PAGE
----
I’m going to start driving for a ride-share company. Do I need to form an LLC to protect my personal assets in case I get in a wreck and get sued?

Updated: Sep. 11, 2019 at 10:50 AM CDT
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LAKE CHARLES, La. (KPLC) - Submit your questions to Civil matters only, please.

QUESTION 1: I’m going to start driving for a ride-share company. Do I need to form an LLC to protect my personal assets in case I get in a wreck and get sued?

ANSWER: Forming an LLC (Limited liability company) will not shield the driver from personal liability. LLC’s are separate juridical persons or entities. They have their own tax Id no. and their own assets. So, when an LLC causes harm to someone, only the assets of the LLC are exposed to being seized to pay for the damages WITH ONE EXCEPTION, and that is that the person who actually causes the harm, the tortfeasor, the wrong doer, can always be sued personally. So, if the driver of a ride share company is at fault in causing a wreck, the victims can sue the ride share company, and the driver. Generally, the ride- share company will have ample insurance to cover wrecks. Before going to work for the ride-share company, the potential driver should get a clear undersigning of insurance, liability, and whether there is a contractual obligation for the driver to reimburse the ride-share company for any damages he or she causes.

QUESTION 2: I saw “Constitutional Day” on my calendar. What is that?

ANSWER: Constitutional Day is the recognition of the anniversary of the signing and ratification of the U.S. Constitution. It happened on September 17. 1887. This coming Tuesday our Constitution will become 232 year’s old. It is our foundational, governmental document and ultimate source of governmental authority for the United States of America, and is the model document for self-governed nations. Constitution Day is also day that celebrates American Citizenship. Many immigrants become citizens and go thrugh citizenship ceremonies on Constitution Day. Its roots go back to the 1940’s. It was celebrated unofficially for many years. It eventually became recognized by the US Government in 2004. An interesting article on its back ground can be found at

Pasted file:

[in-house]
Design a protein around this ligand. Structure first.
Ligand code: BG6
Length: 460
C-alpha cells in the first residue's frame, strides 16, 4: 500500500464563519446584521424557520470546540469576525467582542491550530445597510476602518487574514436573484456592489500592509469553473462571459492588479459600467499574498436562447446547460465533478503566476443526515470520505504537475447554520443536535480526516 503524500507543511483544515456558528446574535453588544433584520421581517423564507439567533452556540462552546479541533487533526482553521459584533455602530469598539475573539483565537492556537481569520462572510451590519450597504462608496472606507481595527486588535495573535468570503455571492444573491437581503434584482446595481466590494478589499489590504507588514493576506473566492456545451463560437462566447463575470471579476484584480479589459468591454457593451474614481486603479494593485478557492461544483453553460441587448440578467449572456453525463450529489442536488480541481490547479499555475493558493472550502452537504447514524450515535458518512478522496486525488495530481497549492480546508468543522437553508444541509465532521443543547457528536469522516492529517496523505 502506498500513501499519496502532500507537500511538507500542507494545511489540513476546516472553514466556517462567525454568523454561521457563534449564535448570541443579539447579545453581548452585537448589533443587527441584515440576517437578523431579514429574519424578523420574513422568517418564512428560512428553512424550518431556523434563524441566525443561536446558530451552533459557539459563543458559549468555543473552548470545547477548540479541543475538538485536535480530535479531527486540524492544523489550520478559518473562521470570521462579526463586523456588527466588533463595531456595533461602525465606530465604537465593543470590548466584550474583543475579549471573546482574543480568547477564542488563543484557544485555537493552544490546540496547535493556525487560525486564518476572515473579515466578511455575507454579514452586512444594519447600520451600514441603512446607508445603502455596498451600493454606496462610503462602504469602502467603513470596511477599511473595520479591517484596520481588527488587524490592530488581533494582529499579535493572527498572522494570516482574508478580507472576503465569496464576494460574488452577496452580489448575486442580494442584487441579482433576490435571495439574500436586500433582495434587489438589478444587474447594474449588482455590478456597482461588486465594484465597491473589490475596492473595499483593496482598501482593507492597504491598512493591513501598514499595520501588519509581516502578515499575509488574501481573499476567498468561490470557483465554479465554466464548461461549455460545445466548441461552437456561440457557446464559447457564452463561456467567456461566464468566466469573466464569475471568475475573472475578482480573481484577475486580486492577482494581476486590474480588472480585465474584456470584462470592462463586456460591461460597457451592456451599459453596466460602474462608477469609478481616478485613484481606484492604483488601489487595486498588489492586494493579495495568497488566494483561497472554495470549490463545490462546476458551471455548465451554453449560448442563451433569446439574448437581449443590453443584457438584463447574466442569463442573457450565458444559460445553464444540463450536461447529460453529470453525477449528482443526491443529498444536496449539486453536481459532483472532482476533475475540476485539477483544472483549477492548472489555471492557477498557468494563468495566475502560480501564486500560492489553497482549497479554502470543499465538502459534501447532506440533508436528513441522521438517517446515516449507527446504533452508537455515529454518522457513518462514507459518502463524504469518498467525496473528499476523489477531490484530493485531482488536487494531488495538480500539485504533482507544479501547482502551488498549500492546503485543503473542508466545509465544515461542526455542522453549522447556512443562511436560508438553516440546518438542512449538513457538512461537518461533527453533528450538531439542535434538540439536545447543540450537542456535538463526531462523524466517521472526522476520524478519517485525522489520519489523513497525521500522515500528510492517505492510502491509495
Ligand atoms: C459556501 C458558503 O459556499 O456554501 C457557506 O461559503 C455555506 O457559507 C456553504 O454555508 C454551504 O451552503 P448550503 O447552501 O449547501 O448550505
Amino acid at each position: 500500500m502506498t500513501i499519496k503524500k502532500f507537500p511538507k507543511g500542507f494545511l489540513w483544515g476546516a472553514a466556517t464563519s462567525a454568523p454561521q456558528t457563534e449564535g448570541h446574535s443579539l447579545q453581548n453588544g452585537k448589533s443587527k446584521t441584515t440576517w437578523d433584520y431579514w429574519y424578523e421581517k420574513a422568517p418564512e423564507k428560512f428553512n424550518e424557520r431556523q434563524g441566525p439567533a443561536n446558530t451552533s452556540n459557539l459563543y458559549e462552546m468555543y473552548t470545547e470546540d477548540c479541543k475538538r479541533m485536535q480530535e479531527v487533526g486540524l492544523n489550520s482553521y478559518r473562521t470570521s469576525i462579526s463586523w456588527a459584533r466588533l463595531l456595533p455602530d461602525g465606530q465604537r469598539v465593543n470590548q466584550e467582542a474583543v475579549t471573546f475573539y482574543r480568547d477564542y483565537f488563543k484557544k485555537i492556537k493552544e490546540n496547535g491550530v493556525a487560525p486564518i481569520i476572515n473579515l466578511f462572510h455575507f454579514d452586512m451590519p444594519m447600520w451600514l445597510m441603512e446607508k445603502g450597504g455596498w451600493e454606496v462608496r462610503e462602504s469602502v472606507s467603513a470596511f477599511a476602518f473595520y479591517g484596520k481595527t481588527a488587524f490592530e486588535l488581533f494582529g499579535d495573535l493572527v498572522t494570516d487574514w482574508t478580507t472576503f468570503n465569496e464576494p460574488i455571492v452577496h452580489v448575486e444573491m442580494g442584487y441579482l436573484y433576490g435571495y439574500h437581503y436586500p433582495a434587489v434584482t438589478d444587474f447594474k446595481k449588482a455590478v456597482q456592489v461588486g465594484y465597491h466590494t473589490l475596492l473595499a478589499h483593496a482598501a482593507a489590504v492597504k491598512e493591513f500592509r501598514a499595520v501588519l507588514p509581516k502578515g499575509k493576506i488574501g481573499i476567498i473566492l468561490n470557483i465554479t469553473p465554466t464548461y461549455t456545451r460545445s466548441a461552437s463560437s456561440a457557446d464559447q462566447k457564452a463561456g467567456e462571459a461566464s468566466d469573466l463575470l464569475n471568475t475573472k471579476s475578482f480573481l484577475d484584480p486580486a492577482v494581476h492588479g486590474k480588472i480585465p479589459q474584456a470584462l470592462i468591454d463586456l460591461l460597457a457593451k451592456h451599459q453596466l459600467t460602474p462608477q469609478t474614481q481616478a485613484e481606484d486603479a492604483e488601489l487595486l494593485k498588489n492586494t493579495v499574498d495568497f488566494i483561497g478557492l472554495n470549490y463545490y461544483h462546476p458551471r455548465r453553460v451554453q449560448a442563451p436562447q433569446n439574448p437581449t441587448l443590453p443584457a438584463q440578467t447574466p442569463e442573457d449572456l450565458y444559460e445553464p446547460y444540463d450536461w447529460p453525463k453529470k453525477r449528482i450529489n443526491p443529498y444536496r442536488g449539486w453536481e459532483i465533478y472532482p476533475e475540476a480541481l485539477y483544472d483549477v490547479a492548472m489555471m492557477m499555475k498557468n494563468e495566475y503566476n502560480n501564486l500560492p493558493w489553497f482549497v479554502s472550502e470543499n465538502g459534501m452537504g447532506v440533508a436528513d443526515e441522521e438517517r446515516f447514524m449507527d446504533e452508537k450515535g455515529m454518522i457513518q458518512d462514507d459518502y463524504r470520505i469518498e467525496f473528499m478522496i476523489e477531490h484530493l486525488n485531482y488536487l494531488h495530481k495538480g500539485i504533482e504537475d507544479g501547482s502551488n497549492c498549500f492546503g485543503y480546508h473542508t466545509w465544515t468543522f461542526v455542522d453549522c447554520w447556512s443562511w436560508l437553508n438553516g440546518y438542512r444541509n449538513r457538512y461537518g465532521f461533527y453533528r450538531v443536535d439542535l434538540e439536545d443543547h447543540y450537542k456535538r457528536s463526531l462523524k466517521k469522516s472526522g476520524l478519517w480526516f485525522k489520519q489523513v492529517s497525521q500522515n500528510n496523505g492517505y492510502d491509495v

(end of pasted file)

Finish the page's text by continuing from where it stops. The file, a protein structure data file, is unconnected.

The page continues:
All week next week the Law Center will be celebrating Constitution Week on KPLC Salutes with three-minute segments wherein we talk about the importance of the Constitution and the SWLA Law Center in helping the citizens of SWLA gain access to justice.

QUESTION 3: If I’m playing golf, and I accidentally hit someone with a golf shot, can I be sued?

ANSWER: Unless the person who is swinging the club is deliberately trying to hit the other golfer, or if he is grossly negligent, then the golfer who is swinging the club is not liable. In all sporting events, there is a general policy-rule called “assumption of the risks.” When you participate in a sport, you assume the risks of injury that associated with the sport.

A fun tongue-in-cheek article ABA article on golf and the law can be viewed at

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